Teresina drew away from him. “I hardly know you. How can I take money from you?”

He suddenly pulled his hat off, as if attacked by a pain, and did not answer.

“What's the matter?” Teresina exclaimed.

“Nothing, nothing. Permit me to leave now. We've talked too much, much too much. People should never talk so much.”

He was already walking off, without saying goodbye, speeding down the lane of trees as if blown by despair. Teresina looked after him with choked-up, divided feelings, astonished at him and at herself.

He was not running away out of despair but out of unbearable tension and charged emotions. It had suddenly become impossible for him to say another word, to hear another word; he had to be alone, could not be other than alone, thinking, listening to himself, probing himself. The whole conversation with Teresina had thrown him into a state of amazement at himself. The words had come without his willing them; he had been overcome by a violent need to communicate his experiences and thoughts, to form them, say them, tell them to himself. He was astonished at every word he had heard himself saying; but more and more he could feel that he had been talking himself into something that was no longer simple and right, that he had been uselessly trying to explain the inexplicable. And suddenly the whole thing had become unbearable to him, so that he had to stop it.

But now, when he tried to recall these past fifteen minutes, he gratefully felt the experience to have been a joyful one. It was progress, a step toward release, a confirmation.

The doubts he had been feeling about his whole customary world had tormented him and terribly wearied him. He had experienced the miracle that life becomes more meaningful precisely when we lose our grasp of all meanings. But again and again had come the painful doubt whether these experiences were really significant, whether they were no more than minor ripples on the surface of his fatigued and sick mind, basically whims, petty nervous stirrings. Now, last night and today, he had seen that his experience was real. It had radiated out of him and changed him, had drawn another person to him. His solitude was shattered; he was in love again; there was someone whom he could serve, someone to whom he wanted to give pleasure. He could smile again, laugh again.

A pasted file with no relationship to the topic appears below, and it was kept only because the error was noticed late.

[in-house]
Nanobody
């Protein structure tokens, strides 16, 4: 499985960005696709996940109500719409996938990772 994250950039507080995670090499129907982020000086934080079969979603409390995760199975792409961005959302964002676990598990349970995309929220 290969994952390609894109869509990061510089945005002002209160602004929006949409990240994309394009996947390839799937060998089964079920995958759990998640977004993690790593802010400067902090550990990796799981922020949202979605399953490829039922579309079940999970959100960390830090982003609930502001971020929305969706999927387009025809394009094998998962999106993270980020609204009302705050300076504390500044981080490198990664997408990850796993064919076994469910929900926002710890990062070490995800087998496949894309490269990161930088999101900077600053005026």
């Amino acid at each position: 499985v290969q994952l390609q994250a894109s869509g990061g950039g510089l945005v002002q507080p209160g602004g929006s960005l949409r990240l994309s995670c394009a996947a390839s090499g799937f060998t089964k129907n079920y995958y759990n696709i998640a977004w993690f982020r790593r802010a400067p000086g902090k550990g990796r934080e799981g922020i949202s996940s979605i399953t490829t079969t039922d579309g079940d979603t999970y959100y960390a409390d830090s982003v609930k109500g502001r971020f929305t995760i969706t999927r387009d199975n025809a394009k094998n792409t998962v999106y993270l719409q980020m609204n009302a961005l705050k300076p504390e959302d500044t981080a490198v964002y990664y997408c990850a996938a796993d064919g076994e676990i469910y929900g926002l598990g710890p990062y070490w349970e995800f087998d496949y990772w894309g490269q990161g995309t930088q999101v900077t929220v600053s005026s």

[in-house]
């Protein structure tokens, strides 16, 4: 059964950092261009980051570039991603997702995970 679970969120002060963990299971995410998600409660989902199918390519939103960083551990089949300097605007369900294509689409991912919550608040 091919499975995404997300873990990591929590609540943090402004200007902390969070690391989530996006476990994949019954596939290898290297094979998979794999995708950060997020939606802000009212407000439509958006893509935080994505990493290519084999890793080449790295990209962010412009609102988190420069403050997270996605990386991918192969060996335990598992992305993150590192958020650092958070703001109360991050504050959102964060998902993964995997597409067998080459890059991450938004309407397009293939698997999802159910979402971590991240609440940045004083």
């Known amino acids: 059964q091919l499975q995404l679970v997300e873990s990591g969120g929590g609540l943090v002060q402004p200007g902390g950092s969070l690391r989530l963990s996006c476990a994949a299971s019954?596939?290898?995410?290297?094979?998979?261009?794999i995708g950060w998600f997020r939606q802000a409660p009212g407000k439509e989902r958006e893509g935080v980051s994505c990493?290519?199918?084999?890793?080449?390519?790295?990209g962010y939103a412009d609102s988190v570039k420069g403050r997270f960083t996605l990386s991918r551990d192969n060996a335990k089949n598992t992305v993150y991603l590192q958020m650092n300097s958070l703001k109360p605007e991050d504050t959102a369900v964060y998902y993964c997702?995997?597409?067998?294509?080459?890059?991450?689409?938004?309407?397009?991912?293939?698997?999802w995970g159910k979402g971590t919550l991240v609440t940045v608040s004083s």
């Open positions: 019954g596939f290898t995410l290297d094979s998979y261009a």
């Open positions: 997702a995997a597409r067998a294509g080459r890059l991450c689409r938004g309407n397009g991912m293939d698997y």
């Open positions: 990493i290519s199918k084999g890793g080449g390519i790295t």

The wave passed through him like pain and like voluptuous delight. He trembled with sheer emotion. Life roared in him like surf. Everything was incomprehensible. He opened his eyes wide and saw: trees on a street, slivers of silver in the lake, a running dog, bicyclists—and everything was strange, like a fairy tale, and almost too beautiful. Everything looked as if it had come brand-new out of God's toy box. Everything existed for him alone, for Friedrich Klein, and he himself existed solely to feel this stream of wonder and pain and joy pouring through himself. There was beauty everywhere, in every rubbish heap by the wayside; there was deep suffering everywhere; God was everything. Yes, all this was God, and in the unimaginably distant past, as a boy, he had once felt Him that way, and had sought Him with his heart whenever he thought “God” and “Almighty.” Let not my heart break with overflowing.

Once more, from all the forgotten shafts of his life, released memories rushed forth. They came without number: conversations, the period of his engagement, clothes he had worn as a child, vacation mornings during his student days. The memories arranged themselves in circles around certain fixed points: the image of his wife, his mother, Wagner the murderer, Teresina. Passages from classical writers occurred to him, and Latin proverbs that had once moved him in his schooldays, and foolish, sentimental lines from folk songs. The shadow of his father stood behind him. Once again he lived through the time of his mother-in-law's death. Everything that had ever passed into him through eyes or ears, through people or books, all the delight and the anguish that had been buried within him, seemed to be present again, all at the same time, all stirred together and whirling chaotically but meaningfully. It was all there, all significant; nothing had been lost.

The pressure became a torture that could not be distinguished from extreme voluptuous pleasure. His heart beat rapidly. Tears filled his eyes. He realized that he was on the verge of madness and yet knew that he would not go mad, while at the same time he was peering into this new psychic landscape of madness with the same astonishment and rapture as into the past, as into the lake or the sky. There too everything was enchanted, mellifluous and full of meaning. He understood why madness, in the minds of great-hearted peoples, was considered sacred. He understood everything; everything spoke to him, everything was revealed to him. There were no words for this state. It was wrong and hopeless to cogitate about it and try to apprehend it in words. The thing was to be receptive, to hold yourself in readiness; then all things, the whole world, could enter into you in an infinite parade as if you were a kind of Noah's Ark. And then you possessed the world, understood it, were one with it.